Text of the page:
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Can I Thank A Pandemic For Increasing Positivity?

Yes, we are still living in a global pandemic, yes the Merriam Webster dictionary elected ‘pandemic’ as word of the year for 2020, and yes we do not want to hear the word ‘Coronavirus’ one more time, however, forgetting this extremely rough and sad year is not the option. As life is returning to some sort of new normal, with the addition of face masks, hand sanitizer, social distancing, vaccination proofs, and negative testing requirements, there are important lessons that we need to take with us from this past year on how to carry on with life. That main one is that life is short and being able to make the most of every day is a blessing. 

We are recognizing the many flaws in the society and systems we are living in from access to resources to inequality, and entire studies have been conducted on the lessons to take with us as we rebuild and redesign the way we live. However, if there is one thing to take away as a human being is the power of positivity. Being grateful for being where you are, recognizing what you have, the people around you, and your abilities can really impact your everyday life and everything that you accomplish. We often overwork ourselves, complain about not being good enough, compare ourselves to others, but where does that actually get us? 

2020 felt like a very long year but at the same time it flew by, some made an opportunity out of being stuck at home, others used it as a time to reflect and slow down. But now going back into the world (literally), there is a sense of motivation a lot of us are feeling, the need for work/life balance is being recognized, and people are a lot more positive, friendly, and willing to try and socialize (to some extent, the new social awkwardness is a whole new topic…). 

Some of our writers also have their pieces to share about rejuvenating feelings of gratitude and optimism.  


We have all lost so much. I don’t want to sugar coat this traumatic experience — we’ve lost the most crucial parts of life: people and experiences — and say I’m grateful for the past two years, they almost broke me. However, I am grateful for the things I learned that kept me going and I hope I can carry these ideas and practices with me.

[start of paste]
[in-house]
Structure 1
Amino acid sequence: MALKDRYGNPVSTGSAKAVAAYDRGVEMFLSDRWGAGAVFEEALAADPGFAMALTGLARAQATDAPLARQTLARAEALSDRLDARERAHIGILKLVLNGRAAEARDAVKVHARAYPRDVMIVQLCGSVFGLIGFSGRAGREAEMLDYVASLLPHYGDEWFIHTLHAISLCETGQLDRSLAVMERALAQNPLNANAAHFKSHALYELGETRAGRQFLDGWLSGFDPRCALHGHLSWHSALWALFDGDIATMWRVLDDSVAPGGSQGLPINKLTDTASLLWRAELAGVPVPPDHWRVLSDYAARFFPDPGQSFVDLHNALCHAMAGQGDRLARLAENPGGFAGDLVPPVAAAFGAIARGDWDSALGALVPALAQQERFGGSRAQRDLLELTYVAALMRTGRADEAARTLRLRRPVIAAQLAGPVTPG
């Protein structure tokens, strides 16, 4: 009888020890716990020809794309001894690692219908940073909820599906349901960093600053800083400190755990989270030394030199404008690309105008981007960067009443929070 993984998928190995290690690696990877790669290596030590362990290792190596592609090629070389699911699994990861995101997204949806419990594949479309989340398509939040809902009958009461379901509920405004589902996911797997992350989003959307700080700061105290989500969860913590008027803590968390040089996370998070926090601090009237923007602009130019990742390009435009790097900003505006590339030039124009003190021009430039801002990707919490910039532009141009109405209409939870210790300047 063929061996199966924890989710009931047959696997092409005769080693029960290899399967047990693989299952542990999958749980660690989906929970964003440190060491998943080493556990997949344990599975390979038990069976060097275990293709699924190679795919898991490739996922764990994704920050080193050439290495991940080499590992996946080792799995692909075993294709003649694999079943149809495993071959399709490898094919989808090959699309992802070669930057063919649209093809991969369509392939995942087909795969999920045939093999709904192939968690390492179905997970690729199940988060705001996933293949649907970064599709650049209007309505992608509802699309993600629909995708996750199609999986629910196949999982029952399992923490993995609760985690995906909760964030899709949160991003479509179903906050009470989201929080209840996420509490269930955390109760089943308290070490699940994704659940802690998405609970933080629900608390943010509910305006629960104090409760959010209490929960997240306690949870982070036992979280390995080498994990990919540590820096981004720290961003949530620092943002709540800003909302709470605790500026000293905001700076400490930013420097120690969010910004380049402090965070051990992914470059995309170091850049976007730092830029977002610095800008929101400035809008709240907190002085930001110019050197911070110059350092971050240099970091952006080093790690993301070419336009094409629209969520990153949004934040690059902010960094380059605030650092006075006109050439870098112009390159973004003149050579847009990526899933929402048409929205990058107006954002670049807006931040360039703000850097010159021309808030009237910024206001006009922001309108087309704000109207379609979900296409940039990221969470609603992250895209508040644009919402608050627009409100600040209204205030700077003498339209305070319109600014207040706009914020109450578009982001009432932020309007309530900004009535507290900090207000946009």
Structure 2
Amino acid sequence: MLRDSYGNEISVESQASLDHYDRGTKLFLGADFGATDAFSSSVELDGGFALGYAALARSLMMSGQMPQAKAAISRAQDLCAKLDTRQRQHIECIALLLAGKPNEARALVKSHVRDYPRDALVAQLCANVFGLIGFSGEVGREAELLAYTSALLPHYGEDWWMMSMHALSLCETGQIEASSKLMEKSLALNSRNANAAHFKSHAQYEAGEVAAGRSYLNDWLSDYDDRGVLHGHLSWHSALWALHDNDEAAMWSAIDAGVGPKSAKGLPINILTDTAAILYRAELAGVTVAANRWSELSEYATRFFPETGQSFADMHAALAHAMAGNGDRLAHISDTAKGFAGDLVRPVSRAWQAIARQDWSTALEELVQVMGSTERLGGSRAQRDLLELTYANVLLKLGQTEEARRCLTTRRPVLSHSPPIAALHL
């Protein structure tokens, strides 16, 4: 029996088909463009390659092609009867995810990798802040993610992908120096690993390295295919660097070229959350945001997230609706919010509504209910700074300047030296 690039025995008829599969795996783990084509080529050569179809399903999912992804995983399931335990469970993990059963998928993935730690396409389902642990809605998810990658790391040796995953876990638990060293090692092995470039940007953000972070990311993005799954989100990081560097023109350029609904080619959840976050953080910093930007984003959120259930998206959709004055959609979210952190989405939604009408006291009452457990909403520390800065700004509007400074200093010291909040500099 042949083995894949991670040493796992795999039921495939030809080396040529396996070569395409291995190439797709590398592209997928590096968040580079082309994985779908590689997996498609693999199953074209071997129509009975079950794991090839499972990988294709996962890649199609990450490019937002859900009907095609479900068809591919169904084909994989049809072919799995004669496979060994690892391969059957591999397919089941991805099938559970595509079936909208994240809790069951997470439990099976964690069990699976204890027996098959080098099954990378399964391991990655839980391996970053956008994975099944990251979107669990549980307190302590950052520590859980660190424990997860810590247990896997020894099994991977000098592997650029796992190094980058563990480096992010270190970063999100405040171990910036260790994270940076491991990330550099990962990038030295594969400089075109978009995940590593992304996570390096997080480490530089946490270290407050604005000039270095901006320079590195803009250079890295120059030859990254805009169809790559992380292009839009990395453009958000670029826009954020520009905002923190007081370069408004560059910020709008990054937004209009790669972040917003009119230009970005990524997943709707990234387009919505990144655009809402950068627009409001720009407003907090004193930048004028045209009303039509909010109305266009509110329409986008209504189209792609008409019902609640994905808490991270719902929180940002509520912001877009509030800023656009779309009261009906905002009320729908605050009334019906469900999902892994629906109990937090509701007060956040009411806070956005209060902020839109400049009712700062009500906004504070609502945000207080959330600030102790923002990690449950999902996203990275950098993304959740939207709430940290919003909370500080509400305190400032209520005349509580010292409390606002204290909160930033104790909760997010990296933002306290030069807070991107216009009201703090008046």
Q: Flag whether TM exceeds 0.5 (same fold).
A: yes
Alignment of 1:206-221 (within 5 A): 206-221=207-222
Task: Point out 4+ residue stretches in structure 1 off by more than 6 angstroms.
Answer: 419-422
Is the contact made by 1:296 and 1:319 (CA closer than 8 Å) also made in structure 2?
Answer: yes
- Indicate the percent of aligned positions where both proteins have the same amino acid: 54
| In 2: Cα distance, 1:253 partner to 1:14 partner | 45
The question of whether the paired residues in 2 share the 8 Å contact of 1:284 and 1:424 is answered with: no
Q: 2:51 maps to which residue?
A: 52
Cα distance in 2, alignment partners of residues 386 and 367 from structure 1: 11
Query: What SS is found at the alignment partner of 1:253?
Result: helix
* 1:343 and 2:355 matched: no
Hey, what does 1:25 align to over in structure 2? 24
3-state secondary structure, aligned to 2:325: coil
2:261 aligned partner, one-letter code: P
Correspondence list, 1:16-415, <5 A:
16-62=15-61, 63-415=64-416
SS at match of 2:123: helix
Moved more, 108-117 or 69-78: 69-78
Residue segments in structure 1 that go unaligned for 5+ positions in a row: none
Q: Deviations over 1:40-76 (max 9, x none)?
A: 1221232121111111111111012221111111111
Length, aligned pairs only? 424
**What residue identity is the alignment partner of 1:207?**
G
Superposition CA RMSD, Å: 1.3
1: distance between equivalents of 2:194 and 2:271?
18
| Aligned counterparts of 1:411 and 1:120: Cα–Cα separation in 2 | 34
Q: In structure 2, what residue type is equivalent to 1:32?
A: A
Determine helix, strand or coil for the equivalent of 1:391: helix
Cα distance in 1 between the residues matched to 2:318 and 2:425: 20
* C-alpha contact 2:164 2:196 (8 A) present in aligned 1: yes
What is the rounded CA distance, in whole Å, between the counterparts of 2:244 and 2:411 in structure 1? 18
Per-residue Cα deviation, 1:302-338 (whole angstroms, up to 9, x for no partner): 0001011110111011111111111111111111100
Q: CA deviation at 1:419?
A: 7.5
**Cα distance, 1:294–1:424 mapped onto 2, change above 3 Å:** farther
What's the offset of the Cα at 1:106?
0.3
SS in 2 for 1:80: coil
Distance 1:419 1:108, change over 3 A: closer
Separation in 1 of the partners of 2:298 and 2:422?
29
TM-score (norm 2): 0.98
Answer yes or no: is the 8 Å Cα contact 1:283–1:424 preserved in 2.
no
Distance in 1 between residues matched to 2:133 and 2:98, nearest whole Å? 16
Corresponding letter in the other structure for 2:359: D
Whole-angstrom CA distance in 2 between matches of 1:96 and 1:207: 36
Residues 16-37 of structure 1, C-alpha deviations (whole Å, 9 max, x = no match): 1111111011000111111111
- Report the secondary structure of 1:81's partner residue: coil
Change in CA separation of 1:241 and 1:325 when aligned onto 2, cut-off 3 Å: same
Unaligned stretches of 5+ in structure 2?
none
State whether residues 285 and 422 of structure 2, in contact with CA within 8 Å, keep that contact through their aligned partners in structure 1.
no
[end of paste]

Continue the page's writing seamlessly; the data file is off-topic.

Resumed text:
I learned how to be comfortable with my own company. 

I learned how to cherish and prioritize the ‘little things’ like walks around my neighborhood, the sun touching my skin, and morning cups of tea.

I learned how to make time to care for myself, a non-perfect practice that will always require effort and persistence.

I learned how important it is to see the people I love — on a screen or socially distanced.

I learned how to be patient.

And most importantly, I learned how to fall apart and how to put all the pieces back together.


I’ve always been a glass-half-full kind of person, but the past year and a half have naturally tested my optimism. The United States alone has suffered an insurmountable loss (this public art installation on the National Mall in D.C. says enough), and I almost feel a bit guilty to be enjoying the luxury of New York City student life while others are grieving in ways I cannot imagine. That said, I feel lucky to be filling my glass back up a little as we (hopefully) begin to approach the endemic phase of this crisis; there are a few good things that came out of it. I found new, more productive ways to work digitally, recognized the value of time in ways I never had before, and am more comfortable than ever spending time on my own (my first-year self could NEVER– any spare moment alone would register in my brain as loneliness, and would simply have to be resolved through socializing. Not healthy!). I feel a renowned sense of clarity of who I am and how I want to spend my time, and although we’ll be living with Covid-19 for a while, I’m excited about the life ahead.